relative abundance of its isotopes

Relative Atomic Mass: Calculations


Calculate the relative atomic mass (Ar) of chlorine
from the mass spectrum data of chlorine atoms
given below.
Atomic
Atomic
Relative abundance
Isotope
Weight
(%)
35

Cl

34.97

75.8

37

Cl

36.97

24.2

Relative Abundance: Calculations

75.8
24.2

Ar
34.97
36.97
100
100

A r 26.507 8.947
A r 35.45

Relative Abundance: Calculations


Calculate the relative isotopic abundance of
the two isotopes of chlorine (35Cl and 37Cl)
given the following data below.
Atomic
Isotope

Atomic
Weight

Natural Cl

35.45

35

Cl

34.97

37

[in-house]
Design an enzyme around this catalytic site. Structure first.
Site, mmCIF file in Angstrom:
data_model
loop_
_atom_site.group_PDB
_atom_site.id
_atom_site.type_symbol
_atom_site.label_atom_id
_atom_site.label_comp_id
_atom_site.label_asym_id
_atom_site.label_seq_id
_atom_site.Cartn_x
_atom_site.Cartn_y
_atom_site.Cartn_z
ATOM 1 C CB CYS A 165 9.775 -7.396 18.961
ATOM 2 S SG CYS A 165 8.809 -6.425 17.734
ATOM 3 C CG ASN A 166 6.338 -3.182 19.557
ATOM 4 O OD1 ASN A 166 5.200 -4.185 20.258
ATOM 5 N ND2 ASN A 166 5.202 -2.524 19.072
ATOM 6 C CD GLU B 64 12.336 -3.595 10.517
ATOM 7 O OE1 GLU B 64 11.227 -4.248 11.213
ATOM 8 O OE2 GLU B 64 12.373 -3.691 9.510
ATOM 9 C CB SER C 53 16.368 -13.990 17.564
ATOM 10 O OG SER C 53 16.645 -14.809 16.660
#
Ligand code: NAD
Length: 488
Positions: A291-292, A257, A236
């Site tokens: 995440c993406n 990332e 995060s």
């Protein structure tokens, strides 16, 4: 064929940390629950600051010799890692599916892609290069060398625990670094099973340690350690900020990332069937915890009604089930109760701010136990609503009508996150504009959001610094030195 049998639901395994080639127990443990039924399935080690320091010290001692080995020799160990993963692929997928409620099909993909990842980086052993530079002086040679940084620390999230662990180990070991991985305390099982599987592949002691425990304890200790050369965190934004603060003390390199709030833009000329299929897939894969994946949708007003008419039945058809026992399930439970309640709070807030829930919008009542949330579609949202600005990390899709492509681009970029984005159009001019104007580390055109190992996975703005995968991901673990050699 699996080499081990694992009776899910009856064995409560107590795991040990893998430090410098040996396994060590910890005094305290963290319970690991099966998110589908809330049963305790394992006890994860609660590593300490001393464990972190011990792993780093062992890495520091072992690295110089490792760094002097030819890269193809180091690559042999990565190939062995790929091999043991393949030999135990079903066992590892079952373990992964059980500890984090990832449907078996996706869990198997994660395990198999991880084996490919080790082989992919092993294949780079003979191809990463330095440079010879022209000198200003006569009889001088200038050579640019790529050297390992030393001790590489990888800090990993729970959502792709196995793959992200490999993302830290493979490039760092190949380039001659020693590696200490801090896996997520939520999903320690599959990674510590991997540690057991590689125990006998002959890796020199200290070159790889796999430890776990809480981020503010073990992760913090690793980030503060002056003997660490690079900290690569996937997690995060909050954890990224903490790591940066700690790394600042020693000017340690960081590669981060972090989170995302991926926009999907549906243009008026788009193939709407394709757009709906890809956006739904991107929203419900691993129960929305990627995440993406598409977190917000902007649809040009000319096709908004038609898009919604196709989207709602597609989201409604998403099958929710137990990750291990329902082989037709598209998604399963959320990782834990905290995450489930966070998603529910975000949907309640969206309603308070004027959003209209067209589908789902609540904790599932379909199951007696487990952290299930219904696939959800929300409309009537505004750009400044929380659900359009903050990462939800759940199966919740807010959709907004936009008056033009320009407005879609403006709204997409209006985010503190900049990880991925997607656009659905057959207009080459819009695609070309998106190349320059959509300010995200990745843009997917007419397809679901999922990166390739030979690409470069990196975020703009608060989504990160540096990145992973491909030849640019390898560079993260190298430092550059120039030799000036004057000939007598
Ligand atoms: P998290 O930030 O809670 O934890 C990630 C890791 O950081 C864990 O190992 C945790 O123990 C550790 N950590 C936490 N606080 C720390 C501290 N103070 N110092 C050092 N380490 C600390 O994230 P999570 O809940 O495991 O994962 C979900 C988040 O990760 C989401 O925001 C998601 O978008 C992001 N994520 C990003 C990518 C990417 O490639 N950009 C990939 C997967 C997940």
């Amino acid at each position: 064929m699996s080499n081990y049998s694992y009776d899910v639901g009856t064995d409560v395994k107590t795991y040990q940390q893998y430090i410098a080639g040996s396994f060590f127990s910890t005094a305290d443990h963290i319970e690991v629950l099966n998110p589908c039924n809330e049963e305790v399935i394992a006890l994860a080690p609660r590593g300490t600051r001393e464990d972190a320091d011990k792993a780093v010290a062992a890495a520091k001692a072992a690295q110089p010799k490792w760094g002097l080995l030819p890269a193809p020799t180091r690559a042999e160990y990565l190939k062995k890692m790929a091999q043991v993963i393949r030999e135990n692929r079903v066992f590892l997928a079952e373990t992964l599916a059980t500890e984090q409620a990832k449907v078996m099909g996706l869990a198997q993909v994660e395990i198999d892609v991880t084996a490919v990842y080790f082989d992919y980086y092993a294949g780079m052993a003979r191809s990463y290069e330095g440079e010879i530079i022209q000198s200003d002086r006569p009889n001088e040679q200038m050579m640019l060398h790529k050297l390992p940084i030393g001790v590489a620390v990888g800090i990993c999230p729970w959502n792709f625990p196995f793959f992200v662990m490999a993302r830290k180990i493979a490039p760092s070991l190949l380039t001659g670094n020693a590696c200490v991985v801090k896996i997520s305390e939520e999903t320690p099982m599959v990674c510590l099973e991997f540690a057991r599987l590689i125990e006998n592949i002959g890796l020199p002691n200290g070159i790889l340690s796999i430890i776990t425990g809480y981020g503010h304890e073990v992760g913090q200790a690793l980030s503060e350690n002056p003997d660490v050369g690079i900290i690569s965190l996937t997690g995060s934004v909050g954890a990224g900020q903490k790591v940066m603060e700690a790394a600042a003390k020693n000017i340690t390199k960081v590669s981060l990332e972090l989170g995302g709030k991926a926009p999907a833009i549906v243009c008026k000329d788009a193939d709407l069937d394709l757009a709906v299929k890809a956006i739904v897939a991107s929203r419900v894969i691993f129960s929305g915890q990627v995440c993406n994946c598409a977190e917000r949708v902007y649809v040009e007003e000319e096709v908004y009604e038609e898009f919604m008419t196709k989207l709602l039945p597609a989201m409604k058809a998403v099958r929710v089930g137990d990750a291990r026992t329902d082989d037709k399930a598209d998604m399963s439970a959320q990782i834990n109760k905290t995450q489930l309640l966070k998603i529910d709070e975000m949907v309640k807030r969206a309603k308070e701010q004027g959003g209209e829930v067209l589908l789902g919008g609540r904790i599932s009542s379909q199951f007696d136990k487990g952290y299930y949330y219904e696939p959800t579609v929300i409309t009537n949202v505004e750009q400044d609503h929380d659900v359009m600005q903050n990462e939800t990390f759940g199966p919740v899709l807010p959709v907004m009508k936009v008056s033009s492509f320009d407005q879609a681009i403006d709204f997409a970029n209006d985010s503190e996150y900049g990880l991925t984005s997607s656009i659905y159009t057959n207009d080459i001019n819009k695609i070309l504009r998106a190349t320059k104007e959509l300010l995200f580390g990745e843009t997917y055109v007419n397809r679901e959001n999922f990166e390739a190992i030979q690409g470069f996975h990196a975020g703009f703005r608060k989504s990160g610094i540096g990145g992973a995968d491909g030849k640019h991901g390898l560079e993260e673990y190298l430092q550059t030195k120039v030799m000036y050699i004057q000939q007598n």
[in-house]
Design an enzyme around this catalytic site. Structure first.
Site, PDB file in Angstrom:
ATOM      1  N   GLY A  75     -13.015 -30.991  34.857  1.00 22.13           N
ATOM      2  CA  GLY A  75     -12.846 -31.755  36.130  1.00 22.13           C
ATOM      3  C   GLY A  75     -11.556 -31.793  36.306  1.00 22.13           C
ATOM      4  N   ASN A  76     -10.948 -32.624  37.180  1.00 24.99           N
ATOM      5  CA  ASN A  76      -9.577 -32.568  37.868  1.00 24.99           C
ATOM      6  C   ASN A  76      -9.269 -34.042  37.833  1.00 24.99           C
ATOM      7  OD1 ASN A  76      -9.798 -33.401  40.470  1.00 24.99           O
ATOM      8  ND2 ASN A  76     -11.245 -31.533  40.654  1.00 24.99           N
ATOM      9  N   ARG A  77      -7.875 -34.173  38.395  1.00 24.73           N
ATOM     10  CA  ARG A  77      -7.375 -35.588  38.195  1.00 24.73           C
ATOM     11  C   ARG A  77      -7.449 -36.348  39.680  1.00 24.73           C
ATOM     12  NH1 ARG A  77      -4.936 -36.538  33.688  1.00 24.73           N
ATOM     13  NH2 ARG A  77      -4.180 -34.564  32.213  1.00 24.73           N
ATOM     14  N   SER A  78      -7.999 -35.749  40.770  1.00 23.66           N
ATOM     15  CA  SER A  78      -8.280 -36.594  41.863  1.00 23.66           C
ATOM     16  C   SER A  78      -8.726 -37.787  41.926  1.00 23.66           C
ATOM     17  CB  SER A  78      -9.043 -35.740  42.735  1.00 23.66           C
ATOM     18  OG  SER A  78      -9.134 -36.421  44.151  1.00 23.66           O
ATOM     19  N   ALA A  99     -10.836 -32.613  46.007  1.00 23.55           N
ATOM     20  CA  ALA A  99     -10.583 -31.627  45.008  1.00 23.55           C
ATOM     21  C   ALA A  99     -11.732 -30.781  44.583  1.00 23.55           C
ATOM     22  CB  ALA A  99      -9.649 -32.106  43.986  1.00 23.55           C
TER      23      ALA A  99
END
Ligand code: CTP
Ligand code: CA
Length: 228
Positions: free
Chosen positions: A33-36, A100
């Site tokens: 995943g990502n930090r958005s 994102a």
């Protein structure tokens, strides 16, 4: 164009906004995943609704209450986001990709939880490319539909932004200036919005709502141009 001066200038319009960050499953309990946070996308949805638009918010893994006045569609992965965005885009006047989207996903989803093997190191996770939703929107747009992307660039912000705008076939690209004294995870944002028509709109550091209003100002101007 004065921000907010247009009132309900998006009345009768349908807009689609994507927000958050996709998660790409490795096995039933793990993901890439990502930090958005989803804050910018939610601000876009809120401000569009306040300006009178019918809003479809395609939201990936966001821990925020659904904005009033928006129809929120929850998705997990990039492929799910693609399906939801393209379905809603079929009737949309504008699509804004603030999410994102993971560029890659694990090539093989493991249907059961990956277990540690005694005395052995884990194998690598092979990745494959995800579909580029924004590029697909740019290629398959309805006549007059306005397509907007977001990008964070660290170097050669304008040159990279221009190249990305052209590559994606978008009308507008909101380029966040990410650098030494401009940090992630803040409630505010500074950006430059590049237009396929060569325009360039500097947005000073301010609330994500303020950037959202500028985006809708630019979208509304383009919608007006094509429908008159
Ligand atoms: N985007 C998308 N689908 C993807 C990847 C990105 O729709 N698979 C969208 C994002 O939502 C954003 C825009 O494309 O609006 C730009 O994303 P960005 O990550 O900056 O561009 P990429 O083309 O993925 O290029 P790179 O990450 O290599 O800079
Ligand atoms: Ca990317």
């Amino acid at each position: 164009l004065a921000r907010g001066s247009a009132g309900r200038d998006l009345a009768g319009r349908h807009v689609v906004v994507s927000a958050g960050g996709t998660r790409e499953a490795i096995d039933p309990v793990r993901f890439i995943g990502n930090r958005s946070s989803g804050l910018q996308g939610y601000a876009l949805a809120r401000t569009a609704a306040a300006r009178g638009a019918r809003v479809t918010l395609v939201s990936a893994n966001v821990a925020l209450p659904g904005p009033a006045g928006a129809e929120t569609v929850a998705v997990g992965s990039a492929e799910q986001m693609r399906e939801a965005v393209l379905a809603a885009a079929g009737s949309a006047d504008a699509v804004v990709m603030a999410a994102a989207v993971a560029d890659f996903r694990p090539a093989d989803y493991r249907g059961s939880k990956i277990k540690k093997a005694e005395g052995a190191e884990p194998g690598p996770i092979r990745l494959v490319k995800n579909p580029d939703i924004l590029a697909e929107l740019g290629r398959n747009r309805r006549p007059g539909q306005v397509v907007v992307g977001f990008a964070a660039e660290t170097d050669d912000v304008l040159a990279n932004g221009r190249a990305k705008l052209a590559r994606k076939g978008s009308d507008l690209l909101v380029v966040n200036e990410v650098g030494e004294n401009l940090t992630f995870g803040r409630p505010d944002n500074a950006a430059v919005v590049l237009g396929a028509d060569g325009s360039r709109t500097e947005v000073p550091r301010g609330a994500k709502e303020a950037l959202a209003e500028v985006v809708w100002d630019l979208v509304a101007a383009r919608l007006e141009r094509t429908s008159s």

Cl

36.97

Relative Abundance: Calculations


x = fraction 37Cl
1 x = fraction 35Cl
36.97( x ) 34.97(1 x ) 35.45
36.97 x 34.97 34.97 x 35.45
2.00 x 0.48
x 0.24 ~ 24%
1 x 0.76 ~ 76%

Homework
Calculate the relative atomic mass (Ar) of
zirconium from the mass spectrum data of zirconium
atoms given below.

Atomic
Isotope

Atomic Weight

Relative Abundance/%

Zr

90

51.5

Zr

91

11.2

Zr

92

17.1

Zr

94

17.4

Zr

96

2.8

90
91
92
94
96

Home Work
Calculate the relative isotopic abundance
of the two isotopes of hydrogen (1H and 2H)
given the following data below.
Atomic Isotope Atomic Weight
Natural H

1.0080

1.0078

2.0141

Radioactivity
1.4 E xp la in th e ph en o menon
of ra di oa cti v ity

Radioactive Isotopes
Nucleus
Strong nuclear force of attraction between nucleons
(protons & neutrons)

As number of protons increase the positive charges


in the nucleus repel each other

Number of neutrons increase more rapidly than the